• Tax Forms and Documents Udemy Provides Instructors

    This article outlines what tax forms and applicable documents instructors can expect from Udemy after the end of a calendar year, in return for the tax documentation that instructors have already provided to Udemy. 

    Additional resources:

    Note: Udemy is not able to provide tax advice. This article is intended to outline relevant tax forms and documents instructors can expect from Udemy. For individual tax advice, please consult a tax professional.

    Overview

    Udemy is based in the United States, which means that we have certain obligations to the U.S. government for tax withholding and reporting. 

    Upon making their first sales on the platform, instructors submit U.S. Internal Revenue Service (IRS) tax forms to Udemy. In return, in the months following the end of each calendar year, instructors can expect forms from Udemy summarizing their payout totals and withholding totals from the previous year. Udemy also files copies of these forms with the IRS.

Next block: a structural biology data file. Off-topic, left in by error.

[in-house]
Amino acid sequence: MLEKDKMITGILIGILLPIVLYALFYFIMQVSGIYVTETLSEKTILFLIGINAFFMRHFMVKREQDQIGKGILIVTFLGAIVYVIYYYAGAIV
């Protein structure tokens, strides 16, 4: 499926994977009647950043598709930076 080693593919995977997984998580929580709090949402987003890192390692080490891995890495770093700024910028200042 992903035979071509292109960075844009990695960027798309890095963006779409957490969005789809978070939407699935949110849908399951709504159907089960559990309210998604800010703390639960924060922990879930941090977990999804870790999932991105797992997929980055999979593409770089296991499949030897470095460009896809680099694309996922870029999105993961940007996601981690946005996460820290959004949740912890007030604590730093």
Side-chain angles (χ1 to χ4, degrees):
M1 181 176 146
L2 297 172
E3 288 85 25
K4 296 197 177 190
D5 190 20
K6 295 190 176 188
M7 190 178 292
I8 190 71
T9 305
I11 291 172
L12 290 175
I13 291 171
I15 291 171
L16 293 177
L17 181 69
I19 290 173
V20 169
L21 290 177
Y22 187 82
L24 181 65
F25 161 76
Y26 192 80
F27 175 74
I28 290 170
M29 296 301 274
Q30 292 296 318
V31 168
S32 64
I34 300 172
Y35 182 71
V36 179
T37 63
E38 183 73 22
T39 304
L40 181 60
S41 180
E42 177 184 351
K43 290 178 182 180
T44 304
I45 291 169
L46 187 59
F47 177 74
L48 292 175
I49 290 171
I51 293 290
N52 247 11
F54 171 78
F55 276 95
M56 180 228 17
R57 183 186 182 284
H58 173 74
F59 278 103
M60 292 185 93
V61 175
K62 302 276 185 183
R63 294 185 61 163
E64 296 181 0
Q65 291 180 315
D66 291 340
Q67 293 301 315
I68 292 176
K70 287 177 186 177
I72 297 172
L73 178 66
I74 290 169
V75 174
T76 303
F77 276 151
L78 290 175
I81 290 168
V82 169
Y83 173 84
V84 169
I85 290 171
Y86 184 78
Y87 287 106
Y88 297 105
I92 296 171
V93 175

While Udemy uses instructors’ submitted tax information to determine the correct amount of IRS withholding to apply to payouts, all instructors are responsible to report their earnings to the government authorities relevant to them for the purposes of income tax collection, and the 1099 or 1042-S form that instructors receive from Udemy may be helpful in that effort (see below for more information). If you have questions about what your income tax obligations are, consult the help of a tax professional.

    Frequently asked questions

    Which tax forms will Udemy send me?

    1099-MISC forms

    Instructors who provided a valid W-9 certifying their U.S. status for tax purposes will receive IRS Form 1099-MISC if they had at least $10 in payments in a calendar year, unless they indicated status as an S or C Corporation on their W-9. S and C Corporations will not receive any yearly tax form from Udemy, nor will US instructors who earned less than $10 in a calendar year. 

    More about IRS Form 1099 can be found directly at the IRS site.

    1042-S forms

    Instructors who provided tax forms certifying non-U.S. tax status (i.e. W-8BEN, W-8BEN-E most commonly) should expect Form 1042-S in return from Udemy, if they had any earnings from U.S. sources (such as transactional sales to U.S. learners or course consumption from U.S. subscribers). The form will be provided in the first quarter of the year, reflecting the U.S.-sourced payouts and withheld amounts (if any) from the previously completed calendar year. More about Form 1042-S can be found directly at the IRS site.